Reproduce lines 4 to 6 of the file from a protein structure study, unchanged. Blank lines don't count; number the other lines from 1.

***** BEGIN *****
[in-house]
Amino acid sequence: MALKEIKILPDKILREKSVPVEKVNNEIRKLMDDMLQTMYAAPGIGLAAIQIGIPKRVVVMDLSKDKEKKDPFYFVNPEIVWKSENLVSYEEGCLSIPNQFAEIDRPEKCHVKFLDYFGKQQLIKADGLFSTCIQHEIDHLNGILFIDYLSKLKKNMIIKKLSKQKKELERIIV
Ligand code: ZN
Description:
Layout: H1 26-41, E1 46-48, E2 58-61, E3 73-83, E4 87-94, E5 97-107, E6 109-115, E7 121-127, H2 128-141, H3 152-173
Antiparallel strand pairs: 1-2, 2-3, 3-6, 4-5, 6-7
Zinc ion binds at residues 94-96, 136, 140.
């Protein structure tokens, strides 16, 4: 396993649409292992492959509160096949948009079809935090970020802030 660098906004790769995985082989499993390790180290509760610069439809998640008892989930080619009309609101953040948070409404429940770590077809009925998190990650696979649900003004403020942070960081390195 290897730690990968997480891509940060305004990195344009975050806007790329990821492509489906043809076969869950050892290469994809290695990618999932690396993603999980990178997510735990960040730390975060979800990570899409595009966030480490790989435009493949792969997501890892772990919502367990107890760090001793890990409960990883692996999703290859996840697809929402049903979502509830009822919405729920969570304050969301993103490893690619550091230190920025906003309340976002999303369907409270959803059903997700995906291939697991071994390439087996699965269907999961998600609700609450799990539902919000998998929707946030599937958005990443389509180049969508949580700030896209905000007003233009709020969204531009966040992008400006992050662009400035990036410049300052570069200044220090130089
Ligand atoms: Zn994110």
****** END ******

Description:
Layout: H1 26-41, E1 46-48, E2 58-61, E3 73-83, E4 87-94, E5 97-107, E6 109-115, E7 121-127, H2 128-141, H3 152-173
Antiparallel strand pairs: 1-2, 2-3, 3-6, 4-5, 6-7